practising Christians is much lower than this and the number of those
leading their lives with no reference to religion much higher.’
Around 177,000 people claim to be Jedi
– the ‘faith’ made famous in the Star Wars films – though this number
is down on the 2001 figure by more than a half.
And 6,242 people subscribe to the Heavy Metal religion, set up in 2010 by the Rock music magazine, Metal Hammer.
Other alternative religions included 56,620 Paganists, 39,061 Spiritualists and 2,418 Scientologists.
Tower Hamlets: The borough in east London is the only area where Muslims outnumber Christians
Explore the census statistics on religion with this interactive map from the ONS
For the first time, fewer than half of us are married
Until death do us part: Less than 50 per cent of Britons are married
Fewer than half the population are now married, the census found for the first time.
It showed that the number of those
over 16 who declare themselves to be married has dropped to 46.6 per
cent. In the 2001 census the majority were still husbands or wives, at
50.9 per cent.
The census found 21,197,000 married
people in England and Wales, only 39,000 more than in 2001 despite the
3.7million increase in the overall population.
The 46.6 per cent who were married compared with more than two thirds, 67 per cent, in 1971.
Just over a third of the adult
population, 34.6 per cent, was single, up from 30.1 per cent in 2001.
The singles in the census include those in cohabiting relationships.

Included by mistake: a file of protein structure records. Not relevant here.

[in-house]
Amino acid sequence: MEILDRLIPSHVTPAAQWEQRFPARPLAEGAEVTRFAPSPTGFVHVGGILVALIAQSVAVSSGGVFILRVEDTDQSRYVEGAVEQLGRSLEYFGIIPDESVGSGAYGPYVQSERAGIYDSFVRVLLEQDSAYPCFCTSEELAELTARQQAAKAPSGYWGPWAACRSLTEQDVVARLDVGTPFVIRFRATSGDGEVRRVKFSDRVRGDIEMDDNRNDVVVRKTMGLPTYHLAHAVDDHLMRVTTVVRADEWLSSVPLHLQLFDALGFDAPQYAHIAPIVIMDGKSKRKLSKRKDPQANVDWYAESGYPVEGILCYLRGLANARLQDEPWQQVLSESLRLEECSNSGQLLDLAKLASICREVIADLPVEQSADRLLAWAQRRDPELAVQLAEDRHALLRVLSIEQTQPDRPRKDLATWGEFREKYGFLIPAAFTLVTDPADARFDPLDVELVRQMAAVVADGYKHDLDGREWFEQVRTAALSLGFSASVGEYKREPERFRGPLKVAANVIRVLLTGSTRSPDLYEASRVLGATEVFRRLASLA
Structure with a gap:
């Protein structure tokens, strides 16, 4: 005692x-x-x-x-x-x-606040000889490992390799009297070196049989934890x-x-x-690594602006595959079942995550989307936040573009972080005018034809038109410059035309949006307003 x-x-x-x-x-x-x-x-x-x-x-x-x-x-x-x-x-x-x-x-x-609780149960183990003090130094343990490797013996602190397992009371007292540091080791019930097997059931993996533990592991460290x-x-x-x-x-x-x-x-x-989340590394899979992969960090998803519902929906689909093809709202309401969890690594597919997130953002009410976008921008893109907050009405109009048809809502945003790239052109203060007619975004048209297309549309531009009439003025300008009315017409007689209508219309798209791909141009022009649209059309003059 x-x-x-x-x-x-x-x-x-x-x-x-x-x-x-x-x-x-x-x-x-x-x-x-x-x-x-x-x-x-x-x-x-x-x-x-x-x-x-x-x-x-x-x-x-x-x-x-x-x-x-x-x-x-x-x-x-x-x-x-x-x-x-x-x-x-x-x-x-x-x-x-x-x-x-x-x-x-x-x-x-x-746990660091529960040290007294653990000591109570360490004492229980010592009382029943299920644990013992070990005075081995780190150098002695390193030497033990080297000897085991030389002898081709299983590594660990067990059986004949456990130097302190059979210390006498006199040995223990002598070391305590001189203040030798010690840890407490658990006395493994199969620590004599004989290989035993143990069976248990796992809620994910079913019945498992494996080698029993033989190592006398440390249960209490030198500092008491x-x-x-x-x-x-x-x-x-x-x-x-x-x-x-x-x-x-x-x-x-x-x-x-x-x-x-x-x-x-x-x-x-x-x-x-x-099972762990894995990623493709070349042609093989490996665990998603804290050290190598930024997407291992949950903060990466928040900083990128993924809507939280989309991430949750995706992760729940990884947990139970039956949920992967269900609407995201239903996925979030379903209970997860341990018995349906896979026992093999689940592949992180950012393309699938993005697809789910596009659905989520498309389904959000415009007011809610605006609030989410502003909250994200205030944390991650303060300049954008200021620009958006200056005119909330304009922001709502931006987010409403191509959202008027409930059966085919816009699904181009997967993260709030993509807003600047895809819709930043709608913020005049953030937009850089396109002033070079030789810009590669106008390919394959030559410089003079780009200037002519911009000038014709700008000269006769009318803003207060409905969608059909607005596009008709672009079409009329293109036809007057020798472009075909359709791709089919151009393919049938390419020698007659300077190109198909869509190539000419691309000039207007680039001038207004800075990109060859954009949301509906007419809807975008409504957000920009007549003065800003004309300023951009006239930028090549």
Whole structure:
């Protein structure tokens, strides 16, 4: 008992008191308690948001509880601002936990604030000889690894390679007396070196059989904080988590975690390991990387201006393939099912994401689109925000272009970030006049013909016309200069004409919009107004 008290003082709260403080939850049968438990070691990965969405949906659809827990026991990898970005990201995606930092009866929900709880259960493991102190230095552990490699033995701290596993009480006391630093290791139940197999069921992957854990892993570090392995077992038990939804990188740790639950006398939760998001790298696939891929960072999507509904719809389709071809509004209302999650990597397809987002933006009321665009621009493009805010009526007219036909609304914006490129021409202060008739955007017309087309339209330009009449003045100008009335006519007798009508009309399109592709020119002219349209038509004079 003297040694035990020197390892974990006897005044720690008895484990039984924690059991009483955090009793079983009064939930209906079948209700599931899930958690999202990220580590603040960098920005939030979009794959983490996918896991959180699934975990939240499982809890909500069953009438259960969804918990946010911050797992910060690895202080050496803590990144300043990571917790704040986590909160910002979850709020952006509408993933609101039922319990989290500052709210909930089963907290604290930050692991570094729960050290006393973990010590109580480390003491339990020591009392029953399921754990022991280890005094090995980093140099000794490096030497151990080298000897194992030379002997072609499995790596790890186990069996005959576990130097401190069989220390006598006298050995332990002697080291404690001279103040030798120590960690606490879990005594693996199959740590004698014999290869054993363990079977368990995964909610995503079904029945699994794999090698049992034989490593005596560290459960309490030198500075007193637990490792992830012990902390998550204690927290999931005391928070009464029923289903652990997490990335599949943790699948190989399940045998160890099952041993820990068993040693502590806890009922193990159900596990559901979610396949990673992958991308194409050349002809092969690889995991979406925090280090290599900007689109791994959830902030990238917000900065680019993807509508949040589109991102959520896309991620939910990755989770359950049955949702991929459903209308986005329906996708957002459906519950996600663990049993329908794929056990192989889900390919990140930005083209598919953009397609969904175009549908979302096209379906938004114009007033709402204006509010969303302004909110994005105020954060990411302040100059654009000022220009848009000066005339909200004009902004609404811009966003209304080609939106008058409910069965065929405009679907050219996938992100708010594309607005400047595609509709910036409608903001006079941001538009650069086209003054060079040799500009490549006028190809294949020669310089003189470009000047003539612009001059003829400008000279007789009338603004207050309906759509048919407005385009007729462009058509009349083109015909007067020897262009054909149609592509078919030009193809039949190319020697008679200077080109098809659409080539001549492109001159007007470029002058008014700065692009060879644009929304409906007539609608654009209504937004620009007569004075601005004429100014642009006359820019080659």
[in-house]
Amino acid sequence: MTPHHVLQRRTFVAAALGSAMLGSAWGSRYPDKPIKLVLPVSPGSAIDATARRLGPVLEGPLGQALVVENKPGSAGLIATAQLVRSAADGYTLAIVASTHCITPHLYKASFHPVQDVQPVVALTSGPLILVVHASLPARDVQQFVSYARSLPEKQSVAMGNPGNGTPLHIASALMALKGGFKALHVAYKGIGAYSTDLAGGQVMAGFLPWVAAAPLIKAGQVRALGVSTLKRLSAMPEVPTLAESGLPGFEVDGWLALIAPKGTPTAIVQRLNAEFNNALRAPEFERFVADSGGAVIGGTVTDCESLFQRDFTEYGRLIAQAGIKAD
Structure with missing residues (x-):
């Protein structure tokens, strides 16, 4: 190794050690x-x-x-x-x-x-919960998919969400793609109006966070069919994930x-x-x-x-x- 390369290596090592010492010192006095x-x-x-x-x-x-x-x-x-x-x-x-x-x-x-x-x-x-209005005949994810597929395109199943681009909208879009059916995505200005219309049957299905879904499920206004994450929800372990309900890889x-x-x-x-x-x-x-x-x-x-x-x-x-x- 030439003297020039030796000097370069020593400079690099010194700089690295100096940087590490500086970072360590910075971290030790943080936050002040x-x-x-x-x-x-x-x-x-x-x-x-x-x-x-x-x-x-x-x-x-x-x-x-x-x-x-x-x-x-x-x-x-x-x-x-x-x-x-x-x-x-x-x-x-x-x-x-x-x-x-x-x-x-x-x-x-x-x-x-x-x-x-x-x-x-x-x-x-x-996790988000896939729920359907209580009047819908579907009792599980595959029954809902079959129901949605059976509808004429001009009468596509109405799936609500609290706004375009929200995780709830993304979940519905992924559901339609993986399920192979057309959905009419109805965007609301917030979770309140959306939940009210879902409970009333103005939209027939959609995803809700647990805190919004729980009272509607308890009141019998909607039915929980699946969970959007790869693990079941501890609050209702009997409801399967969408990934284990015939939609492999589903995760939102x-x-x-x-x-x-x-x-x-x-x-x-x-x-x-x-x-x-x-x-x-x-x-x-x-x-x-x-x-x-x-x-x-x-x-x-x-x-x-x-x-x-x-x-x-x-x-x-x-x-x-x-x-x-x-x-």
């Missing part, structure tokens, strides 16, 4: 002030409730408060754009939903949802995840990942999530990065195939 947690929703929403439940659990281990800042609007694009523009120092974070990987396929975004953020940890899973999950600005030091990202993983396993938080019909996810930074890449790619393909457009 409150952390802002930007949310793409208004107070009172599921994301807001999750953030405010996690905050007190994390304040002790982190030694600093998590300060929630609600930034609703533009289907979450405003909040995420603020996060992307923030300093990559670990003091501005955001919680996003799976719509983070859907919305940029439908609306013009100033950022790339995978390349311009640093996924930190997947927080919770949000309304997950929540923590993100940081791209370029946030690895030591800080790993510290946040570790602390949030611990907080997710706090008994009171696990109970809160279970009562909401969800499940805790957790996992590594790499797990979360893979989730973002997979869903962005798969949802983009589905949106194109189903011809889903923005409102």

Numbers of divorcees were slightly up,
from 8.2 per cent to 9 per cent, and numbers of widows fell, from 8.4
per cent to 7 per cent, a drop associated both with the decline of
marriage and the growing life expectancy of men.
There were 105,000 people in civil partnerships, 0.2 per cent of the adult population.
The historic landmark in the decline
of the traditional family came at a time of rising political tension
over the status of marriage.
Tory MPs are pressing David Cameron to
bring in tax breaks to help married couples, while the PM is under
pressure from dissident backbenchers over his plans to allow same-sex
couples to marry.
There were only 241,000 weddings in
England and Wales in 2010, compared to more than 400,000 in 1972, and as
cohabitation has spread, family break-up has quickened. Last year, the
Department for Work and Pensions has said, 300,000 children saw their
parents split up.
The census report said there were just
under 2.3million cohabiting couples last year, compared to 2.06million
in 2001. Cohabitees now make up 10 per cent of all households, while
married couples lead 33 per cent of households.
Lone parent households make up another 10 per cent, and 30 per cent of homes have just one individual.
The report said the percentage that
were married fell by between four and six percentage points in all
regions except London, where it fell by two percentage points. The
greater stability of marriage in London may be linked to the arrival of
high numbers of immigrants who continue to place high value on being